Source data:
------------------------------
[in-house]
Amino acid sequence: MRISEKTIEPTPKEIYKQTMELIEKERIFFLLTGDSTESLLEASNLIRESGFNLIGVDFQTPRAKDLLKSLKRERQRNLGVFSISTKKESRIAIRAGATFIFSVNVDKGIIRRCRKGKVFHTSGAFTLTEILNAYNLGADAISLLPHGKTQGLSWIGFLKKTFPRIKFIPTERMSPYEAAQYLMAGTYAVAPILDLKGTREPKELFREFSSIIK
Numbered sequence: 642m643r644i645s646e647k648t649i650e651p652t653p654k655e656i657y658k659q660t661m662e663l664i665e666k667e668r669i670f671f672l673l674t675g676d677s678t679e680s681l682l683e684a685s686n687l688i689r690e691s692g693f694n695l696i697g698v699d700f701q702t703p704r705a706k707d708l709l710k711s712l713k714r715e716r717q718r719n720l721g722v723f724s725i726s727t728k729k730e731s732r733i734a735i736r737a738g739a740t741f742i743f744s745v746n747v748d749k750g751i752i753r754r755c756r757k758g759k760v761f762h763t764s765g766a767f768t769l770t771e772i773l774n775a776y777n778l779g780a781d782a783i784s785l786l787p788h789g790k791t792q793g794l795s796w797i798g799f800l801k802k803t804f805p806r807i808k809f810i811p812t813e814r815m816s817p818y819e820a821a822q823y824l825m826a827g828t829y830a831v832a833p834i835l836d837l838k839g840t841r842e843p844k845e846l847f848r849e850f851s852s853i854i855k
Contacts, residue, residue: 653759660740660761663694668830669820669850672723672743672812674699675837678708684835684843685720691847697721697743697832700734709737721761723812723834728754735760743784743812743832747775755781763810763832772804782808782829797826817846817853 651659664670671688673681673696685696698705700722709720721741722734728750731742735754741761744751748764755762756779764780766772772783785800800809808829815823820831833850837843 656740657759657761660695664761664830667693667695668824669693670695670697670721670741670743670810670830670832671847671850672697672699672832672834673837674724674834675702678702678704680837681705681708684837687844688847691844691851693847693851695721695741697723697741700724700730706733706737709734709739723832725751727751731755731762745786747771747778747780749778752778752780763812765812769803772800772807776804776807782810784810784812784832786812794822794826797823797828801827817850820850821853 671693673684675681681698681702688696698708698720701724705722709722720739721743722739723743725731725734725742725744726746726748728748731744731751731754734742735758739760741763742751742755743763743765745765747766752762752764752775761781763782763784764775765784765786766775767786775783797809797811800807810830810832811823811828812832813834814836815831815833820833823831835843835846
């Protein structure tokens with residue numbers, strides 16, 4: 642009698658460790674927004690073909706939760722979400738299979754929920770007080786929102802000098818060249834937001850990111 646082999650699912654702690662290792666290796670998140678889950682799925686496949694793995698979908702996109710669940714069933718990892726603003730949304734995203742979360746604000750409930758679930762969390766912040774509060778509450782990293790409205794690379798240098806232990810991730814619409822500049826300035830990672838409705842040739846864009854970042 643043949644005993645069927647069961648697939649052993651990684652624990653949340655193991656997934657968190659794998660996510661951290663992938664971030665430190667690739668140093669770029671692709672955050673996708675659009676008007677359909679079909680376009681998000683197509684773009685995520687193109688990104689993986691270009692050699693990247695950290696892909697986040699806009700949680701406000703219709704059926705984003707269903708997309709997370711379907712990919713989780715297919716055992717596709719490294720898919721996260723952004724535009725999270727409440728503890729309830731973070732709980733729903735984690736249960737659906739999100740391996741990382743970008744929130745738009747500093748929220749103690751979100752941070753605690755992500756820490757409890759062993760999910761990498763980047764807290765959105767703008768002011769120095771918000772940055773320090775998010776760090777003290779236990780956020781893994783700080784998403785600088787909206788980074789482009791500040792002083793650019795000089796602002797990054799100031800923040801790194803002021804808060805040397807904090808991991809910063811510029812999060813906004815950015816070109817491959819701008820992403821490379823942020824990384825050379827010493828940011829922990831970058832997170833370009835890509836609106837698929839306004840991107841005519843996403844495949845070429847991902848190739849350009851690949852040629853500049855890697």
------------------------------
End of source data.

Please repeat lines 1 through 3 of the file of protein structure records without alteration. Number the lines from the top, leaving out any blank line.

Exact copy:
[in-house]
Amino acid sequence: MRISEKTIEPTPKEIYKQTMELIEKERIFFLLTGDSTESLLEASNLIRESGFNLIGVDFQTPRAKDLLKSLKRERQRNLGVFSISTKKESRIAIRAGATFIFSVNVDKGIIRRCRKGKVFHTSGAFTLTEILNAYNLGADAISLLPHGKTQGLSWIGFLKKTFPRIKFIPTERMSPYEAAQYLMAGTYAVAPILDLKGTREPKELFREFSSIIK
Numbered sequence: 642m643r644i645s646e647k648t649i650e651p652t653p654k655e656i657y658k659q660t661m662e663l664i665e666k667e668r669i670f671f672l673l674t675g676d677s678t679e680s681l682l683e684a685s686n687l688i689r690e691s692g693f694n695l696i697g698v699d700f701q702t703p704r705a706k707d708l709l710k711s712l713k714r715e716r717q718r719n720l721g722v723f724s725i726s727t728k729k730e731s732r733i734a735i736r737a738g739a740t741f742i743f744s745v746n747v748d749k750g751i752i753r754r755c756r757k758g759k760v761f762h763t764s765g766a767f768t769l770t771e772i773l774n775a776y777n778l779g780a781d782a783i784s785l786l787p788h789g790k791t792q793g794l795s796w797i798g799f800l801k802k803t804f805p806r807i808k809f810i811p812t813e814r815m816s817p818y819e820a821a822q823y824l825m826a827g828t829y830a831v832a833p834i835l836d837l838k839g840t841r842e843p844k845e846l847f848r849e850f851s852s853i854i855k